What Should I Know About Dengue Fever?

Reviewed on 12/18/2020
Dengue fever is an illness caused by the dengue virus.
Dengue fever is an illness caused by the dengue virus.

Dengue fever, also called breakbone fever, is an illness caused by the dengue virus. It is caused when a female Aedes mosquito carrying the virus bites a healthy person. This disease is mainly found in the tropical and subtropical regions of the world.

Causes of dengue:

  • Dengue is caused because of four viruses, namely DENV-1, DENV-2, DENV-3, and DENV-4. The virus enters a mosquito when it bites an already infected person and the illness is spread when it bites a healthy person, and the virus spreads through the person’s bloodstream.
  • Once a person recovers, they are immune to the specific virus and not the other three types. The probability of developing severe dengue fever, also known as dengue hemorrhagic fever (DHF), increases if re-infected.

Symptoms of dengue:

  • Usually, symptoms of dengue feel like an uncomplicated fever and not easily identifiable in teens and children. Dengue causes a fever of 104°F along with at least two of these symptoms:

Types:

  • Mild dengue fever: Symptoms are seen after a week from the bite.
  • DHF: Symptoms are mild but can gradually worsen within a few days.
  • Dengue shock syndrome: This is a severe form of dengue and can even cause death.

Dengue treatment: There is no specific treatment or cure for dengue fever because dengue is a virus borne disease. Timely intervention can help, depending on how severe the disease is. Here are a few basic treatments for dengue fever:

  • Medication: Painkillers such as Tylenol or Paracetamol are generally prescribed to patients. Intravenous (IV) drips are sometimes supplemented in case of severe dehydration.
  • Stay hydrated: This is crucial because most of our bodily fluids are lost during vomiting and high fever. Continuous intake of fluids will make sure that the body does not easily dehydrate. It also prevents the onset of shock.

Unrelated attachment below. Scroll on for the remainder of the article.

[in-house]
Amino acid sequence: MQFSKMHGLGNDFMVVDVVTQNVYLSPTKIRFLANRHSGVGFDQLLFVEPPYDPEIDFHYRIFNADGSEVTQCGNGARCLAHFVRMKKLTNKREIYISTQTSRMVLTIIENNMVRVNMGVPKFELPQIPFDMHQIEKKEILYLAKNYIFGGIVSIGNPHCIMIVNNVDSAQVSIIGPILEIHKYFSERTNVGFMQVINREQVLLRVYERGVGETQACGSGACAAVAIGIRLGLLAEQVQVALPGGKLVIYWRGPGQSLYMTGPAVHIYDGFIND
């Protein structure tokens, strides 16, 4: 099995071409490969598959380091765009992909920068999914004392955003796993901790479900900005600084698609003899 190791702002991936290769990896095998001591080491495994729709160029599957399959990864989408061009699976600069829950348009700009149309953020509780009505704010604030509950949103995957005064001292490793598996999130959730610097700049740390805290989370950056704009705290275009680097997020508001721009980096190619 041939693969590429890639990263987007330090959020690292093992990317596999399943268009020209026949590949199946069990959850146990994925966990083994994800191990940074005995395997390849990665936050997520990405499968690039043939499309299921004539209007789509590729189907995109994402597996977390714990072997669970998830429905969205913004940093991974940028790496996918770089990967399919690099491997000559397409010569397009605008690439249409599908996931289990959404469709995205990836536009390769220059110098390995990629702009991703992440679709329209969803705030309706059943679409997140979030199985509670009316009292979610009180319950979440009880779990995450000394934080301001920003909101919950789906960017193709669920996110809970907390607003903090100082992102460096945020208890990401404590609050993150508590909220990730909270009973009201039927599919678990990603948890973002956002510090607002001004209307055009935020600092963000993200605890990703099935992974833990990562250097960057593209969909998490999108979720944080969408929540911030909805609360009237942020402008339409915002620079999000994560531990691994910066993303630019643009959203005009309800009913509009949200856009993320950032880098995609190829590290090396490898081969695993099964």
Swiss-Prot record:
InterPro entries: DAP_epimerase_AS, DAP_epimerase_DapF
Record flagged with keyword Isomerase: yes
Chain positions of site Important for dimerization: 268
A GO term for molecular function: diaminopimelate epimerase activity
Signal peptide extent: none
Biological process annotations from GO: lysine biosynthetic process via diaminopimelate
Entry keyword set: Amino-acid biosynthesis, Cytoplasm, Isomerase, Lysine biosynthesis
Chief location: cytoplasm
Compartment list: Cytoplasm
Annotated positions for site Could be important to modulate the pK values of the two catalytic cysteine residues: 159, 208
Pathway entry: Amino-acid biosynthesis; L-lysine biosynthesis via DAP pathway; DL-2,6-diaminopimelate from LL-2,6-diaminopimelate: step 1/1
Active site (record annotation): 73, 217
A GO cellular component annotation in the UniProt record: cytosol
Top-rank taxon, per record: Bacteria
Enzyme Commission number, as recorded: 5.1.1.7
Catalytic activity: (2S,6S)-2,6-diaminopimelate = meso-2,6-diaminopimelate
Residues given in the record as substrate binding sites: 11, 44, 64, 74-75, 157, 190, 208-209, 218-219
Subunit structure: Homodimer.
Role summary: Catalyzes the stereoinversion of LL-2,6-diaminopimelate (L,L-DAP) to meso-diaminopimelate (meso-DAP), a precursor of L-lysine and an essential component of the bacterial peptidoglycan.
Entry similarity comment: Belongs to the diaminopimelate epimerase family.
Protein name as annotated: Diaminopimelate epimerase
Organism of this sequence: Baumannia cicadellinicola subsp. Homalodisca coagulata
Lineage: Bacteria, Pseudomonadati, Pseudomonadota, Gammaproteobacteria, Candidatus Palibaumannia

• HygieneHygiene is of utmost importance, even more so when a person is not well. The patient can opt for a sponge bath if not a regular bath.

Dengue prevention: Researchers are still working on finding a specific cure for dengue fever. Dengue fever treatment involves the use of pain relievers with Acetaminophen. Additionally, the doctor will recommend you to drink plenty of fluids and take rest. The best way is prevention. Following are some actions you can take to keep yourself safe from the virus:

  • Lesser skin exposure: Try wearing long pants and shirts to cover your skin surfaces and reduce the risk of bites. Mosquitoes are highly active early in the morning or evening, so try avoiding venturing out in those times.
  • Mosquito repellent: A repellent with at least 10% concentration of diethyltoluamide (DEET) is beneficial. A higher concentration is needed for longer exposures. You can apply the ointment daily to keep mosquitoes away.
  • Personal hygiene: When infected with any virus, patients are extra sensitive to other illnesses. Use a hand sanitizer or hand wash, which will keep germs at bay. 

Disinfect stagnant water: The Aedes mosquito breeds in clean and stagnant water. Keep water always covered and use a proper disinfectant if necessary. Turn over any vessels that can accumulate water and scrub the surfaces thoroughly to reduce the risk of a breeding ground for the mosquitoes.

When does dengue fever become life-threatening?

Dengue hemorrhagic fever (DHF) is a complication of dengue fever that affects children under 10 years of age or older adults. DHF starts abruptly with continuous high fever and headache. Often, there are associated with respiratory and intestinal symptoms, such as sore throat, cough, nausea, vomiting, and abdominal pain. Shock occurs after two to six days if the patient remains untreated, and symptoms progress to a sudden collapse, cool and clammy extremities, a weak pulse, and blueness around the mouth. In DHF, there is bleeding with easy bruising, red or purple blood spots on the skin, spitting up blood, blood in the stools, bleeding gums, and nose bleeding. Rarely, myocarditis (inflammation of the heart) resulting in severe and profound hypotension (low blood pressure), heart failure, and damage to the peripheral nerves are seen. The latter persists for days to weeks after recovery with persistent numbness of the limbs.

Patients with DHF must be monitored closely for the first few days because shock may occur or recur unexpectedly. The mortality rate with DHF is significant. With proper treatment, the World Health Organization estimates a 2.5% mortality rate. However, without proper treatment, the mortality rate increases to 20%. Most deaths occur in children and in the elderly. Infants under the age of one year are especially at risk.

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References
Government of Singapore. What Should You Do When You Have Dengue? September 2, 2020. https://www.gov.sg/article/what-should-you-do-when-you-have-dengue

Mayoclinic. Dengue Fever. https://www.mayoclinic.org/diseases-conditions/dengue-fever/symptoms-causes/syc-20353078

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